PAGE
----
Delveoping fim (digitally)?

Discussion in 'Other Systems' started by crashwins, Nov 24, 2012.

  1. crashwins

    crashwins Mu-43 Regular

    132
    Oct 13, 2010
    Northampton, MA
    Hey folks. I have some very nice film cameras (inherited) and I'd like to give them a sincere whirl. I'm not looking to go the darkroom route, though. What's the best way to go about getting digital copies of the images? I assume I could get scans that would be the equivalent of ~20MPs in resolution, but to sure of the cost and where to start. Anyway, thanks for any suggestions.
     
  2. Promit

    Promit Mu-43 All-Pro

    Jun 6, 2011
    Baltimore, MD
    Promit Roy
    Not Costco, in my experience. Or pretty much anywhere else that is part of a chain. You need to hunt down a competent film lab doing serious developing work and serious scanning, which is going to be rare and pricey (~$9 per roll of 24).
     
  3. crashwins

    crashwins Mu-43 Regular

    132
    Oct 13, 2010
    Northampton, MA
    Wow! That's pricey. Maybe I would save if I got them developed at a shop, but had a $500 printer or something to do the scans. Used ones seem to be out there, no? Thanks for the help
     
  4. dwig

    dwig Mu-43 Top Veteran

    623
    Jun 26, 2010
    Key West FL
    Doing your own scans is rather labor intensive.

    There are a few affordable decent scanners. The Epson v700 and v750m are probably the best. Their Epson Perfection V600 Photo Scanner - Product Information - Epson America, Inc. is a decent alternative. Personally, I use a v700 at home though at work I use an Imagon scanner. The Imagons are the best available, but cost as much as a new car making them beyond consideration for home use.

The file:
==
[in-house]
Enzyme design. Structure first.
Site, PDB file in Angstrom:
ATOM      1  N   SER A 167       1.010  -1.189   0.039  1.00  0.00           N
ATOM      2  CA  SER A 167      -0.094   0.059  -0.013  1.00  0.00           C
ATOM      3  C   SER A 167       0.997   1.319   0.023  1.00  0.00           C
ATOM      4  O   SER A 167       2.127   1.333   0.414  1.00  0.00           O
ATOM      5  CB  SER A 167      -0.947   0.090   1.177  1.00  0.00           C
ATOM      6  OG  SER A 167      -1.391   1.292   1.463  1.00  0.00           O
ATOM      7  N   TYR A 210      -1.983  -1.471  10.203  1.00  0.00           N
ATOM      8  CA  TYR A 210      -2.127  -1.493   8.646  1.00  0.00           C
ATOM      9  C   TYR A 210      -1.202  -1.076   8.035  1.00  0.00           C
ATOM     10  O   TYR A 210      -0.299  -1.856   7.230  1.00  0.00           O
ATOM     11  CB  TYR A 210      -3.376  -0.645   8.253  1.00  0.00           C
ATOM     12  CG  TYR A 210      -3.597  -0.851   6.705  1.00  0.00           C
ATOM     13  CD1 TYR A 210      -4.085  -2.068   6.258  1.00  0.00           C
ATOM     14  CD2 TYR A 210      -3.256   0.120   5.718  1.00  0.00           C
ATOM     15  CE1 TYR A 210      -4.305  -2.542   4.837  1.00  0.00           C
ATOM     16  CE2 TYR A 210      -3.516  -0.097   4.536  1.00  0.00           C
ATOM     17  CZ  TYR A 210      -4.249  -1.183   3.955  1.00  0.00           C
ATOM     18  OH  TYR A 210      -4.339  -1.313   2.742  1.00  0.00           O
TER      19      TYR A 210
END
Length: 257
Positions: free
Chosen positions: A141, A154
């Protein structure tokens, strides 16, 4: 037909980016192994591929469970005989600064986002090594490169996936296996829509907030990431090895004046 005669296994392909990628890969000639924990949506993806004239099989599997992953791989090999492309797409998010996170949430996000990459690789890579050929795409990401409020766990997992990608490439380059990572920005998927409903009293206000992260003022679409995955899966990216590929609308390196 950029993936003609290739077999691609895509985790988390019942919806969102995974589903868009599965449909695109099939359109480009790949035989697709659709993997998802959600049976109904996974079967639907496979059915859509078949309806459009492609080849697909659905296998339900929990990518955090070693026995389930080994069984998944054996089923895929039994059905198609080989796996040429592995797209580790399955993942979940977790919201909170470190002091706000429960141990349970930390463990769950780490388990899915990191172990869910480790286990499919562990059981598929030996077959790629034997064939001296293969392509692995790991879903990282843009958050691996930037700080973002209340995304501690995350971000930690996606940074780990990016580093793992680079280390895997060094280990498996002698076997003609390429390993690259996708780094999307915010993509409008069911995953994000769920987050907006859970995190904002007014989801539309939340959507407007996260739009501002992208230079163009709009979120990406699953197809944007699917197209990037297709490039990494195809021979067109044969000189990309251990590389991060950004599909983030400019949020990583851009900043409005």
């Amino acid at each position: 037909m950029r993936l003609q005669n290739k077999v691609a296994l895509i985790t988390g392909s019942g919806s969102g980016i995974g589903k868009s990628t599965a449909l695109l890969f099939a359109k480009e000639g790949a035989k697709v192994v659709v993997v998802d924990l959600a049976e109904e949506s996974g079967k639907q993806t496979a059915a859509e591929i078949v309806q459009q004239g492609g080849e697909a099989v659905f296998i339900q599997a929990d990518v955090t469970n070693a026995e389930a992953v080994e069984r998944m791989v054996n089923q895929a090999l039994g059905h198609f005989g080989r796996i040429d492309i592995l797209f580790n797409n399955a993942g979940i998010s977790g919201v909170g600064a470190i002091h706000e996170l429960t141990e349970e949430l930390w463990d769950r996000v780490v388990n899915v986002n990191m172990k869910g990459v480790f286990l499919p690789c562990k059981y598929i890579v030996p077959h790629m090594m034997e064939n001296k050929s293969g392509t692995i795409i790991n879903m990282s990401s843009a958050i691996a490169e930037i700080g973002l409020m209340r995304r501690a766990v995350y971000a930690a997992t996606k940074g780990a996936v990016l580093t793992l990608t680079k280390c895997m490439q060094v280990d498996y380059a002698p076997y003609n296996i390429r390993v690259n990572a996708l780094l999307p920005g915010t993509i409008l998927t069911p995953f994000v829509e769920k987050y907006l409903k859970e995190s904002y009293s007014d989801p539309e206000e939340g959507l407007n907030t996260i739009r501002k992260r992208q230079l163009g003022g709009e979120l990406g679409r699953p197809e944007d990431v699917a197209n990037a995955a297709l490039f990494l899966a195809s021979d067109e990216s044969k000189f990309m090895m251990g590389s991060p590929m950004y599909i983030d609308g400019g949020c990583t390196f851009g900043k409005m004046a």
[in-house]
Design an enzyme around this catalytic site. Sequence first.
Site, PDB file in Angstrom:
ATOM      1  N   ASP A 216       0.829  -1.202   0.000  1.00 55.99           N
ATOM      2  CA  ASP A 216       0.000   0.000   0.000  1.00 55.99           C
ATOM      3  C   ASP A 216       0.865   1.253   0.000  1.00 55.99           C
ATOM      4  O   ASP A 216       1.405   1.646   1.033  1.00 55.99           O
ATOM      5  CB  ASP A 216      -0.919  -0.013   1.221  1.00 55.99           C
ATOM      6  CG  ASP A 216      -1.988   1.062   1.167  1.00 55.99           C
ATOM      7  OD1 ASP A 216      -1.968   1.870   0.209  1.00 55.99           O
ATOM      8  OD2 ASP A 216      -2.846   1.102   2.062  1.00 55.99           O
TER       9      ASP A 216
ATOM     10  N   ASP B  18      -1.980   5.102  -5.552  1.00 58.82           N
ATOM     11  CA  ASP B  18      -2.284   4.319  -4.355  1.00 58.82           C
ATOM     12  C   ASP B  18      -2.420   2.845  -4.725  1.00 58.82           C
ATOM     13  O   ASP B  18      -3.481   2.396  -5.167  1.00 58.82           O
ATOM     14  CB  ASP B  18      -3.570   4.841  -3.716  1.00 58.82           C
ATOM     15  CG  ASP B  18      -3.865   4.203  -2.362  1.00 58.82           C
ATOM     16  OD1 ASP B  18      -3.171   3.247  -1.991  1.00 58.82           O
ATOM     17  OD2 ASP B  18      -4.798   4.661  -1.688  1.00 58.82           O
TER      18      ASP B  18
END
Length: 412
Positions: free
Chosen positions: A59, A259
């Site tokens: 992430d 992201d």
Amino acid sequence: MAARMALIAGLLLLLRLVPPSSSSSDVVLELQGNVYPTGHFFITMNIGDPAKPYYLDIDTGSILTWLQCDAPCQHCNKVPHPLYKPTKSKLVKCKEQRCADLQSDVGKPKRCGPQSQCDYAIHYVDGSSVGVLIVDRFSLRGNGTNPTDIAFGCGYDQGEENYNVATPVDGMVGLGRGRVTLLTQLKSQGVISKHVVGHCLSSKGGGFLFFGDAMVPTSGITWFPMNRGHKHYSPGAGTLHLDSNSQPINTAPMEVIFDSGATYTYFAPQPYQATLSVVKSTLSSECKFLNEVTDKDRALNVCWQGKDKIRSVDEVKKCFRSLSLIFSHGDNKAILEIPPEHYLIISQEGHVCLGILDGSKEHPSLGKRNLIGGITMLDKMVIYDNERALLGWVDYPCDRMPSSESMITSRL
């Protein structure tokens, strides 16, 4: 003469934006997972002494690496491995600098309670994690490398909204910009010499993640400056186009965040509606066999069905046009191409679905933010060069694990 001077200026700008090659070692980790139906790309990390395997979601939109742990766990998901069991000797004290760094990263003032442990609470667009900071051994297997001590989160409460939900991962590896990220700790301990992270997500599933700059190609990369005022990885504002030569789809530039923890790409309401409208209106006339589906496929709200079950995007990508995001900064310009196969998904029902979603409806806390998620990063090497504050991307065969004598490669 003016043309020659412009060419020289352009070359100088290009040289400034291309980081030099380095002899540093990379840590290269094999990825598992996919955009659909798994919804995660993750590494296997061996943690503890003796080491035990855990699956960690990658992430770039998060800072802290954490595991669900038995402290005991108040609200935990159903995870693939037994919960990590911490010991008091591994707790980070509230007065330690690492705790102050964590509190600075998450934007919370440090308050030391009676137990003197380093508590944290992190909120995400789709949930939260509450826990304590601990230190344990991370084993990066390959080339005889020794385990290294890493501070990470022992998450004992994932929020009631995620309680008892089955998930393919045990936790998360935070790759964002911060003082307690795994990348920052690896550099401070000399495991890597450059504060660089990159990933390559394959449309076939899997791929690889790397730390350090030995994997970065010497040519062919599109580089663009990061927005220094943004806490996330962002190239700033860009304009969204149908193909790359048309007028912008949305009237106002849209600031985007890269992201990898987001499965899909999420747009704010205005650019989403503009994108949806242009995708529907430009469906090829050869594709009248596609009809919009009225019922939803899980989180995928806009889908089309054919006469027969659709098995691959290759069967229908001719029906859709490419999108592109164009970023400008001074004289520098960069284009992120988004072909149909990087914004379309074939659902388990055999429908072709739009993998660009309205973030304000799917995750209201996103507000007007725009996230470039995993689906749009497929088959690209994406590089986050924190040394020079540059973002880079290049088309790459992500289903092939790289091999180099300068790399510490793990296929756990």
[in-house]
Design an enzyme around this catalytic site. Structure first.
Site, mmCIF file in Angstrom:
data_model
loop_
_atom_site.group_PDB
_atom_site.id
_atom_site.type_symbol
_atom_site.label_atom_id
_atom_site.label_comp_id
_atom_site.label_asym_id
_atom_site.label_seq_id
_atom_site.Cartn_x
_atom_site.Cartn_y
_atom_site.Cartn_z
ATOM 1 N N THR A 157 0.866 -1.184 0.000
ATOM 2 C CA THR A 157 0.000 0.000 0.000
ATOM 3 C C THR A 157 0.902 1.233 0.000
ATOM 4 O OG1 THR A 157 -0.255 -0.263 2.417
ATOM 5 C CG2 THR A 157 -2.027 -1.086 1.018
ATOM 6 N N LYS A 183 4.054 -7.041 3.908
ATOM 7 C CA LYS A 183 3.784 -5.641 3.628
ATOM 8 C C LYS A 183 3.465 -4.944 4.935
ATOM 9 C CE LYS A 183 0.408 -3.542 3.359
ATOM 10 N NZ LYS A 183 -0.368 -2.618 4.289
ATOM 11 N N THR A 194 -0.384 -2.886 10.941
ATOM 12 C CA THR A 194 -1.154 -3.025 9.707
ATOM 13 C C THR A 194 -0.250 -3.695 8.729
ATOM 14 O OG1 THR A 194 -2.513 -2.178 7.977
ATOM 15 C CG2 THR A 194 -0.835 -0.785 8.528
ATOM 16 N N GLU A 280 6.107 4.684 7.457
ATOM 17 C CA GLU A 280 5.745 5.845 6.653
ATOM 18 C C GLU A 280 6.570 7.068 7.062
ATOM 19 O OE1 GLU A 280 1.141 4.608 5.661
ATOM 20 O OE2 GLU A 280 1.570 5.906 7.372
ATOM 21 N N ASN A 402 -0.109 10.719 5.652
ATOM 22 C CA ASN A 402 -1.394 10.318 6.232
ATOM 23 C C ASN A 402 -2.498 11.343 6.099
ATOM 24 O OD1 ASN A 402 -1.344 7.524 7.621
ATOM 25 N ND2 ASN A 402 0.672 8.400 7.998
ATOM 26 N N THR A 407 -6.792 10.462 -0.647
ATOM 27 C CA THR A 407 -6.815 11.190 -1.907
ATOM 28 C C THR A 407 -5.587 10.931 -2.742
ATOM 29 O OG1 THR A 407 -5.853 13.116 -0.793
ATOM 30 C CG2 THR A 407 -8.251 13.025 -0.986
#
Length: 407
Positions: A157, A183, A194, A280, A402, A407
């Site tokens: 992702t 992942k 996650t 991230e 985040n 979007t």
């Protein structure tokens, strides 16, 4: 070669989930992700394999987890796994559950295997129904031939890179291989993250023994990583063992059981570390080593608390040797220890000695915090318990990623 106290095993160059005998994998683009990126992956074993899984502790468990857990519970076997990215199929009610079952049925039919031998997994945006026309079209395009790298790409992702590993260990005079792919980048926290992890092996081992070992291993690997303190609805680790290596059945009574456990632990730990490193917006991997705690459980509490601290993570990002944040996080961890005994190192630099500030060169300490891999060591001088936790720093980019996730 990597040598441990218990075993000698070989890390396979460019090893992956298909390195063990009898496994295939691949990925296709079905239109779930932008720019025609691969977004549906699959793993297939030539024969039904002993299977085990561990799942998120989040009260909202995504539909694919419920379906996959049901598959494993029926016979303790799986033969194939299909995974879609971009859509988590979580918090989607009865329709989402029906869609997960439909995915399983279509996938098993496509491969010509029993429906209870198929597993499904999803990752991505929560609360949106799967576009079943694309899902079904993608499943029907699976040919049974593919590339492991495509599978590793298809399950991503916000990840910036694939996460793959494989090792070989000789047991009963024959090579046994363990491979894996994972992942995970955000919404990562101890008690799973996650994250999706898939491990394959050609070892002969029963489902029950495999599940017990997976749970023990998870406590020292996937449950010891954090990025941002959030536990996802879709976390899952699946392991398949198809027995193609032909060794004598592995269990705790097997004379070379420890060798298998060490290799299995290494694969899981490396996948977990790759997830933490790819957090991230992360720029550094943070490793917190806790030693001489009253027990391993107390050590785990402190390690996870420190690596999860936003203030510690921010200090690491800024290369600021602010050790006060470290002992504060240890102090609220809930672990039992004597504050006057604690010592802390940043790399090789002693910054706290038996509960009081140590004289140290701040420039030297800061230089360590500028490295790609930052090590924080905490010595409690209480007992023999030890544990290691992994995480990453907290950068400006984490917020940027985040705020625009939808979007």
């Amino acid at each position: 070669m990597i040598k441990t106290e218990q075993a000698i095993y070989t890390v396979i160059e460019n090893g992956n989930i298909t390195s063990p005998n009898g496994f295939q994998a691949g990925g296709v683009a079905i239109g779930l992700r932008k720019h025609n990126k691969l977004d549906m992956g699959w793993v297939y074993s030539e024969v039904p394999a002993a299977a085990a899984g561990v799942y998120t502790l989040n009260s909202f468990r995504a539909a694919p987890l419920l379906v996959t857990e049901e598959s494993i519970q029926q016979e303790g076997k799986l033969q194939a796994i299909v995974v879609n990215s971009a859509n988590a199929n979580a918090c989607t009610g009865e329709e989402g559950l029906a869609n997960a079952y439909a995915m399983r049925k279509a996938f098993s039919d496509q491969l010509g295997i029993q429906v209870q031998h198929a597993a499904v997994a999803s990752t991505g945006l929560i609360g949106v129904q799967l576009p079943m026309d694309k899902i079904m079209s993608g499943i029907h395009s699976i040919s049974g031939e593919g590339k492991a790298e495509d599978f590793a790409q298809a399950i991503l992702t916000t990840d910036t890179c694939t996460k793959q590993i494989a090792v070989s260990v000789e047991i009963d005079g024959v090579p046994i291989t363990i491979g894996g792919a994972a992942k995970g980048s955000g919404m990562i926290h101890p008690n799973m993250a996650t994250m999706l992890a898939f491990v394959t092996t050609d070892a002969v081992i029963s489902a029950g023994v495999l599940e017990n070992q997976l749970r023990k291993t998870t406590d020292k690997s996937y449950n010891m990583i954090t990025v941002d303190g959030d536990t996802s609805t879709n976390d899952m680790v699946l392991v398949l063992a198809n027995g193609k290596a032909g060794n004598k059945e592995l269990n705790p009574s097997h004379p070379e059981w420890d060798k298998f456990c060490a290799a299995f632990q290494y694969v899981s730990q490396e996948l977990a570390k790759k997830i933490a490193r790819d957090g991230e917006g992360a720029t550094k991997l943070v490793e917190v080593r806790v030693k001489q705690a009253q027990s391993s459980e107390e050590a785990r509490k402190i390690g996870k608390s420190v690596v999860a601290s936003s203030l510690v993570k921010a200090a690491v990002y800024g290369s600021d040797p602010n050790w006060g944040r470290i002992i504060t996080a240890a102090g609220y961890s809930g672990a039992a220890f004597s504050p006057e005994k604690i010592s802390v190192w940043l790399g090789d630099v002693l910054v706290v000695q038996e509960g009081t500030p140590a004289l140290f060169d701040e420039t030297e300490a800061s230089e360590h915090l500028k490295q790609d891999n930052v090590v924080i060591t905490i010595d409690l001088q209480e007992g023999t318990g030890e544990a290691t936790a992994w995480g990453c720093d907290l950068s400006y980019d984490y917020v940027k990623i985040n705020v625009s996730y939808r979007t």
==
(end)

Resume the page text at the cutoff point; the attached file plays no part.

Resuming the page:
You'll need to pair the scanner with a decent image editor, of course. You'll find that you need to do additional color and density adjustments above and beyound the adjustments you can do in the scanning utilities. You'll also need to retouch the dust and other small flaws that always occur. None of the automatic dust removal functions in any scanner can be relied on all the time. They often can work well, as they do with the Epson's, but also often fail disasterously. Plan on doing most of the dust remove manually.
     
  5. crashwins

    crashwins Mu-43 Regular

    132
    Oct 13, 2010
    Northampton, MA
    Thanks so much for the help! So, basically: I take my photos, have the negatives developed at a local shop, and then use my own scanner to capture the negatives, correct? I've long been a digital guy, but I do a lot of street photography and am intrigued by the amazing results I'm seeing of low-cost film cameras like my Auto S3.
     
  6. RT_Panther

    RT_Panther Mu-43 Legend

    May 4, 2011
    Texas
    +1 for the Epsons.
    All my scanned film shots were done on my Epson v500 - about a $150 dollar scanner :smile:

    6179879346_2a7be6c7c3_b.
    USAF Military Training Instructor (MTI) by RedTail_Panther, on Flickr
     
  7. twalker294

    twalker294 Mu-43 Top Veteran

    543
    Aug 18, 2010

    There's still just "something" about film that digital can't recreate. Very nice.
     
    • Like Like x 1
  8. crashwins

    crashwins Mu-43 Regular

    132
    Oct 13, 2010
    Northampton, MA
    Very newbie question, but it is necessary to develop the negatives before using a dedicated scanner, correct?
     
  9. RT_Panther

    RT_Panther Mu-43 Legend

    May 4, 2011
    Texas
    Correct. I usually get mine developed at Walgreens but I do have a lab in town which I sometimes use also. (Just a longer drive which is why I use Walgreens most often)
     
  10. crashwins

    crashwins Mu-43 Regular

    132
    Oct 13, 2010
    Northampton, MA
    Great. Thanks. How much is the developing? Any good?
     
  11. Ned

    Ned Mu-43 Legend

    Jul 18, 2010
    Alberta, Canada